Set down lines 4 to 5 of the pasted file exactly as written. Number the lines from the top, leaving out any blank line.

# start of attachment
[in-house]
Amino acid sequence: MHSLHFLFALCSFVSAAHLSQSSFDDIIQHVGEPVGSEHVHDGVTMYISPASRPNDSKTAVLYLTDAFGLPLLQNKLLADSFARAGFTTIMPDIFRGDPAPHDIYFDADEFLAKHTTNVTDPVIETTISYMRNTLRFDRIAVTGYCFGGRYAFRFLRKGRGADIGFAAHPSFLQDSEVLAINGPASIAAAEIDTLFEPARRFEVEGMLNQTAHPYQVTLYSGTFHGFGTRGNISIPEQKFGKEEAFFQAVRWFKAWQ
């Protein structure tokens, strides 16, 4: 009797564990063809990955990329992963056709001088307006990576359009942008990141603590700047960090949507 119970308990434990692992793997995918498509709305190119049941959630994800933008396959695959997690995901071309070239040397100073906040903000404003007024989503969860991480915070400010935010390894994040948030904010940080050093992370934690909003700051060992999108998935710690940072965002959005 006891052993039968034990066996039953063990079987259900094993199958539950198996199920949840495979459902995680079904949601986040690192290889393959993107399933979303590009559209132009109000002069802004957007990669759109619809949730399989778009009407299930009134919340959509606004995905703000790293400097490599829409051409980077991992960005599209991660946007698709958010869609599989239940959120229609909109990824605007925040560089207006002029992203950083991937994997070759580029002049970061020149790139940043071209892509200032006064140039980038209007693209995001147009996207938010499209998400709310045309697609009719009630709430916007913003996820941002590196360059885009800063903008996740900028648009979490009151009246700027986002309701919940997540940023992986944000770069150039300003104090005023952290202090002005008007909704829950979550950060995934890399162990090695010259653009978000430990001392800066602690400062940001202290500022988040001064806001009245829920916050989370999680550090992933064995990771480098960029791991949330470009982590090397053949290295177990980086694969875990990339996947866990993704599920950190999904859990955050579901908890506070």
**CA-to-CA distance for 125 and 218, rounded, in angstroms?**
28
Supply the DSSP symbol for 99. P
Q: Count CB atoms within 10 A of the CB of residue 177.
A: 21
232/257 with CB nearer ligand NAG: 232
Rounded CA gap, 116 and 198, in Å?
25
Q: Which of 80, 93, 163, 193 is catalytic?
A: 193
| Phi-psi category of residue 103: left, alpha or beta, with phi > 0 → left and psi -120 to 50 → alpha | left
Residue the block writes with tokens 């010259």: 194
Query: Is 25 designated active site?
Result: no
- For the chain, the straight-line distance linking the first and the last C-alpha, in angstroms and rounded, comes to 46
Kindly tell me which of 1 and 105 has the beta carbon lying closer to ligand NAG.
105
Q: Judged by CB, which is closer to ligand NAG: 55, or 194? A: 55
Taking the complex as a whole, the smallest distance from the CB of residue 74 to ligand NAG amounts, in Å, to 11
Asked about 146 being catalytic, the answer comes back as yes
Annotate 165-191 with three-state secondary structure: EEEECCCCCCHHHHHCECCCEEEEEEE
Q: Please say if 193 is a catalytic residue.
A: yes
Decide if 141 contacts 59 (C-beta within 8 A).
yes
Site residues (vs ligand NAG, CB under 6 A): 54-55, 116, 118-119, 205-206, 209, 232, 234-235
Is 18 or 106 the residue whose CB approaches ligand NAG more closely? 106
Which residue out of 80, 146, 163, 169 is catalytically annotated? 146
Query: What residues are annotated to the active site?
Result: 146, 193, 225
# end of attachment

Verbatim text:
**CA-to-CA distance for 125 and 218, rounded, in angstroms?**
28